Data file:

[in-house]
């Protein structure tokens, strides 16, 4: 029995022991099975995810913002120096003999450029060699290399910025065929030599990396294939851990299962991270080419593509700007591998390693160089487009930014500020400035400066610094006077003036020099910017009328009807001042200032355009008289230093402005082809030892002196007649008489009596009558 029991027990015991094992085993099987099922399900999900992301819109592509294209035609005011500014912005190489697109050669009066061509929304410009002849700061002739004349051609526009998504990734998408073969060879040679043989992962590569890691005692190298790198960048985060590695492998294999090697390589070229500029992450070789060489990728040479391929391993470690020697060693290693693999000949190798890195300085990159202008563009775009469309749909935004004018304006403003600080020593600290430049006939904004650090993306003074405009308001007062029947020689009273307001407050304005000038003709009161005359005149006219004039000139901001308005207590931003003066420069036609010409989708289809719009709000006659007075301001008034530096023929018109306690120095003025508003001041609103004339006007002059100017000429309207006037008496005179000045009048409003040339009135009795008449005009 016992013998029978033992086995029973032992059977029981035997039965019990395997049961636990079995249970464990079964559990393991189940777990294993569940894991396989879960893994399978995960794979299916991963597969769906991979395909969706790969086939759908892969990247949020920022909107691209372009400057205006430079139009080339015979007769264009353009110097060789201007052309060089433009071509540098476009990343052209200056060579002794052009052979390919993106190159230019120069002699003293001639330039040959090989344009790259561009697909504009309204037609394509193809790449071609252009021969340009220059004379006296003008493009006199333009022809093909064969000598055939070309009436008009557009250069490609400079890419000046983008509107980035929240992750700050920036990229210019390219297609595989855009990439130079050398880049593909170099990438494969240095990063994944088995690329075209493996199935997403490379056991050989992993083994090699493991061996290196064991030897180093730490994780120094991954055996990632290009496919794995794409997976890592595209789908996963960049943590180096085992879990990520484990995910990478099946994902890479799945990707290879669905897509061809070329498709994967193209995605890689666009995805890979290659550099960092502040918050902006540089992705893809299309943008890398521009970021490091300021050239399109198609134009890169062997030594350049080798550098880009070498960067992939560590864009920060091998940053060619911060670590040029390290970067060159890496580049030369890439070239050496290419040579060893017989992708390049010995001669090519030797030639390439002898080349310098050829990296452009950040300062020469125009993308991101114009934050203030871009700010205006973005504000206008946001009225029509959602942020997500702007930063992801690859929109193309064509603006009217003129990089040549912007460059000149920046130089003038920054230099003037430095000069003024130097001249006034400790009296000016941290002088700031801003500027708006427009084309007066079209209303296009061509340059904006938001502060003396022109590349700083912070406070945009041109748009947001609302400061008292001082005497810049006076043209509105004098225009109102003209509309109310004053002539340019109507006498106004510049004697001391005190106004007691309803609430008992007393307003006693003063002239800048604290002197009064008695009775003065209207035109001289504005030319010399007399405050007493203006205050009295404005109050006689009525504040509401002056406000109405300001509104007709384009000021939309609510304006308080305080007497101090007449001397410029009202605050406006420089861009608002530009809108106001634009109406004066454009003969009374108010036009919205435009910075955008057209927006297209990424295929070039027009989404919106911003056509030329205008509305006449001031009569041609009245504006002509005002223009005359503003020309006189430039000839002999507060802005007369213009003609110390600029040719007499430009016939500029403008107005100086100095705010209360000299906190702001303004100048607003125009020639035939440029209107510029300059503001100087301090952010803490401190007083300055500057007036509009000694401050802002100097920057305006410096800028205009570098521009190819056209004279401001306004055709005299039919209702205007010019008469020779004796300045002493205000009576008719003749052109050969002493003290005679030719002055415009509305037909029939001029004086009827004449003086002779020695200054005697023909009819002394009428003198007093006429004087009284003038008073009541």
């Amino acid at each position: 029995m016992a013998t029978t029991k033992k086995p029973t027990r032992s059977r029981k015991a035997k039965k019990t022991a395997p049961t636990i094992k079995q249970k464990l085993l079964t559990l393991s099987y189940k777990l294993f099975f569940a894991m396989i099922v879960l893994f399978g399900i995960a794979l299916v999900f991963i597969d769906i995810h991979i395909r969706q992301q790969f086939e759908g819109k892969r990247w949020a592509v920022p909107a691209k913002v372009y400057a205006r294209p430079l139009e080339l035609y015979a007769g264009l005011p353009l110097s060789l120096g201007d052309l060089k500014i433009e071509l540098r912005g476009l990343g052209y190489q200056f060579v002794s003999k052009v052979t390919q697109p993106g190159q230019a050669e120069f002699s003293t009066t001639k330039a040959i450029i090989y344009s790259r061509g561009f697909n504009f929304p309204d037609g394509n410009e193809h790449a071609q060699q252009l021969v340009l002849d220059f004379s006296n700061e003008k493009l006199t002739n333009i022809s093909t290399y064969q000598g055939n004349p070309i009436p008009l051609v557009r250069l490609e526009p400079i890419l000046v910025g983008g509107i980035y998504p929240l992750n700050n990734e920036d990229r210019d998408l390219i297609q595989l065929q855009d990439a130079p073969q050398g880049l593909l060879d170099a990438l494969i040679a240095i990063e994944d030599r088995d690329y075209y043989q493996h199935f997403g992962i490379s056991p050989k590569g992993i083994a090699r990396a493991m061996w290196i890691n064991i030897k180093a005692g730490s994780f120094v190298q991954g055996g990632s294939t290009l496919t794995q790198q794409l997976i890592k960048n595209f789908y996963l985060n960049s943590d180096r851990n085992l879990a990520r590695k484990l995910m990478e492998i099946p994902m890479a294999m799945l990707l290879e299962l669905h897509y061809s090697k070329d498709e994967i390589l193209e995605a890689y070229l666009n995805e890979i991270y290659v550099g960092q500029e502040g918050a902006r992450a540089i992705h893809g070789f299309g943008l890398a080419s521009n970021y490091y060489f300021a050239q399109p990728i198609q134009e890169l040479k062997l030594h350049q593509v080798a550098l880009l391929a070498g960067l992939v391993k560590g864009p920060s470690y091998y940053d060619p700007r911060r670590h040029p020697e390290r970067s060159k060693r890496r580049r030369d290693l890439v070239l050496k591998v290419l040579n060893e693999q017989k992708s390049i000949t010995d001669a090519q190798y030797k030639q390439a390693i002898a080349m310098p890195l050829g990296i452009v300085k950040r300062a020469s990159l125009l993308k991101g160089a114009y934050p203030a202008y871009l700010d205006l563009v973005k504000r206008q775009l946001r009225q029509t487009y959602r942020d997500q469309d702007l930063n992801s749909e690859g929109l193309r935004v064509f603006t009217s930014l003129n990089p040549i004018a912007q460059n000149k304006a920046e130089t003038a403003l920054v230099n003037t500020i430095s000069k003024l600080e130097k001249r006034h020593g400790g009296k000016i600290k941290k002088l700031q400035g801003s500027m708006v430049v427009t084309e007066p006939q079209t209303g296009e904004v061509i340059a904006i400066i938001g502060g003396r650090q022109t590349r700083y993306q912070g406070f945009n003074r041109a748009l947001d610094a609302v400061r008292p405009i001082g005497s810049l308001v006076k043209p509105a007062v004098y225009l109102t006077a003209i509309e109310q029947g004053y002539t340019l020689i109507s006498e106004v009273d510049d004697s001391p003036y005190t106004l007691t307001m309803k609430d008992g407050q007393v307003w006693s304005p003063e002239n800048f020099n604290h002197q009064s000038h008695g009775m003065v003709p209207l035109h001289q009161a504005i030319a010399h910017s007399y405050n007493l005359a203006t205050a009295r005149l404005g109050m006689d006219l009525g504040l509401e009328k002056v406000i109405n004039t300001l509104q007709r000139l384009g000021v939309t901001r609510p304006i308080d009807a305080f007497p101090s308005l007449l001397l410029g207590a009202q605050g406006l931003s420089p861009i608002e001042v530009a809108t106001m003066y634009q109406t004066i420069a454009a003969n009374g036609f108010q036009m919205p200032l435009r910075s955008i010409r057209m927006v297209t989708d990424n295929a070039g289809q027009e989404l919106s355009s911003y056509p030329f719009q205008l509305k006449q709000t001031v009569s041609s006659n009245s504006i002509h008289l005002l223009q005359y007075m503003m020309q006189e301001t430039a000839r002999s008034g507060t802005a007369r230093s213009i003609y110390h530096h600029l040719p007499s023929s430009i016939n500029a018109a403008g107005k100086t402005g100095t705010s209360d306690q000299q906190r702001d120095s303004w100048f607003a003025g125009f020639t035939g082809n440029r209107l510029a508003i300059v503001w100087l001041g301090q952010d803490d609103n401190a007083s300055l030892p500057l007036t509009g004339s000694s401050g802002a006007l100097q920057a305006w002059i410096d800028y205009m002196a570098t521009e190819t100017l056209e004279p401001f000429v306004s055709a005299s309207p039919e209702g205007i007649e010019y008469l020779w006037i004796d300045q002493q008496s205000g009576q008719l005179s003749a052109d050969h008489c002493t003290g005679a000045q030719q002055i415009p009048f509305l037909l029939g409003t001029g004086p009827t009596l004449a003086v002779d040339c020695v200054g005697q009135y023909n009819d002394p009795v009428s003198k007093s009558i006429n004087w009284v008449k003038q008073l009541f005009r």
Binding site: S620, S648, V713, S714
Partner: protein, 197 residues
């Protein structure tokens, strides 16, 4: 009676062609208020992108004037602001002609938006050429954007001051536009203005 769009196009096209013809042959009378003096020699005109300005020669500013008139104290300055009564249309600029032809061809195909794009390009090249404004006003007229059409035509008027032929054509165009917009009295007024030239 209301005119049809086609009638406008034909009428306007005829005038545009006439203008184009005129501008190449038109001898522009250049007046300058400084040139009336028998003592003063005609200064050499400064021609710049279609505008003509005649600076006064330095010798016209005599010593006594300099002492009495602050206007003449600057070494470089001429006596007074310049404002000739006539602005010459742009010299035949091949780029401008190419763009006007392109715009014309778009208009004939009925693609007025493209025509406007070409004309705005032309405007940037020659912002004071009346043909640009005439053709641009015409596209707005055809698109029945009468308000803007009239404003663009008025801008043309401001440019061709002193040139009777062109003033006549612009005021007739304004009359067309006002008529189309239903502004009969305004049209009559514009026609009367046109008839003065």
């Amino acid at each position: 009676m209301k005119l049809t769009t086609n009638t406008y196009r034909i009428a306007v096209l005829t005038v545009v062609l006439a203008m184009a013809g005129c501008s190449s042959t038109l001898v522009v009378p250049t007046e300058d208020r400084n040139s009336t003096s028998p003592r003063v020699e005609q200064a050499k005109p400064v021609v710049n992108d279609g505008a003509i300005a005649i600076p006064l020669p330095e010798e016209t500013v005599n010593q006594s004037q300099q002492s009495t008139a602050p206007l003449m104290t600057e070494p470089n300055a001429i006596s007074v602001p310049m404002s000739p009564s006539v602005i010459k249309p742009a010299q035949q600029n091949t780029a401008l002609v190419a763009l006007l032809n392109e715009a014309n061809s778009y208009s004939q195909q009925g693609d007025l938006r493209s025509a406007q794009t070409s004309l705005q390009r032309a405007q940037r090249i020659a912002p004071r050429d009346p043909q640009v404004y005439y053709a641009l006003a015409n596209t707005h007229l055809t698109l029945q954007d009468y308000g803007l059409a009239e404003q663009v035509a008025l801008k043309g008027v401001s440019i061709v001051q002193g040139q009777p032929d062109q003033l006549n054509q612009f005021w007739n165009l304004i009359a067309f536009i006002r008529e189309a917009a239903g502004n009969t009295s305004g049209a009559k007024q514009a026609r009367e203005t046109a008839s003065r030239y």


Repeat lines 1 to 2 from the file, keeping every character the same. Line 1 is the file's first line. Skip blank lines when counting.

[in-house]
């Protein structure tokens, strides 16, 4: 029995022991099975995810913002120096003999450029060699290399910025065929030599990396294939851990299962991270080419593509700007591998390693160089487009930014500020400035400066610094006077003036020099910017009328009807001042200032355009008289230093402005082809030892002196007649008489009596009558 029991027990015991094992085993099987099922399900999900992301819109592509294209035609005011500014912005190489697109050669009066061509929304410009002849700061002739004349051609526009998504990734998408073969060879040679043989992962590569890691005692190298790198960048985060590695492998294999090697390589070229500029992450070789060489990728040479391929391993470690020697060693290693693999000949190798890195300085990159202008563009775009469309749909935004004018304006403003600080020593600290430049006939904004650090993306003074405009308001007062029947020689009273307001407050304005000038003709009161005359005149006219004039000139901001308005207590931003003066420069036609010409989708289809719009709000006659007075301001008034530096023929018109306690120095003025508003001041609103004339006007002059100017000429309207006037008496005179000045009048409003040339009135009795008449005009 016992013998029978033992086995029973032992059977029981035997039965019990395997049961636990079995249970464990079964559990393991189940777990294993569940894991396989879960893994399978995960794979299916991963597969769906991979395909969706790969086939759908892969990247949020920022909107691209372009400057205006430079139009080339015979007769264009353009110097060789201007052309060089433009071509540098476009990343052209200056060579002794052009052979390919993106190159230019120069002699003293001639330039040959090989344009790259561009697909504009309204037609394509193809790449071609252009021969340009220059004379006296003008493009006199333009022809093909064969000598055939070309009436008009557009250069490609400079890419000046983008509107980035929240992750700050920036990229210019390219297609595989855009990439130079050398880049593909170099990438494969240095990063994944088995690329075209493996199935997403490379056991050989992993083994090699493991061996290196064991030897180093730490994780120094991954055996990632290009496919794995794409997976890592595209789908996963960049943590180096085992879990990520484990995910990478099946994902890479799945990707290879669905897509061809070329498709994967193209995605890689666009995805890979290659550099960092502040918050902006540089992705893809299309943008890398521009970021490091300021050239399109198609134009890169062997030594350049080798550098880009070498960067992939560590864009920060091998940053060619911060670590040029390290970067060159890496580049030369890439070239050496290419040579060893017989992708390049010995001669090519030797030639390439002898080349310098050829990296452009950040300062020469125009993308991101114009934050203030871009700010205006973005504000206008946001009225029509959602942020997500702007930063992801690859929109193309064509603006009217003129990089040549912007460059000149920046130089003038920054230099003037430095000069003024130097001249006034400790009296000016941290002088700031801003500027708006427009084309007066079209209303296009061509340059904006938001502060003396022109590349700083912070406070945009041109748009947001609302400061008292001082005497810049006076043209509105004098225009109102003209509309109310004053002539340019109507006498106004510049004697001391005190106004007691309803609430008992007393307003006693003063002239800048604290002197009064008695009775003065209207035109001289504005030319010399007399405050007493203006205050009295404005109050006689009525504040509401002056406000109405300001509104007709384009000021939309609510304006308080305080007497101090007449001397410029009202605050406006420089861009608002530009809108106001634009109406004066454009003969009374108010036009919205435009910075955008057209927006297209990424295929070039027009989404919106911003056509030329205008509305006449001031009569041609009245504006002509005002223009005359503003020309006189430039000839002999507060802005007369213009003609110390600029040719007499430009016939500029403008107005100086100095705010209360000299906190702001303004100048607003125009020639035939440029209107510029300059503001100087301090952010803490401190007083300055500057007036509009000694401050802002100097920057305006410096800028205009570098521009190819056209004279401001306004055709005299039919209702205007010019008469020779004796300045002493205000009576008719003749052109050969002493003290005679030719002055415009509305037909029939001029004086009827004449003086002779020695200054005697023909009819002394009428003198007093006429004087009284003038008073009541």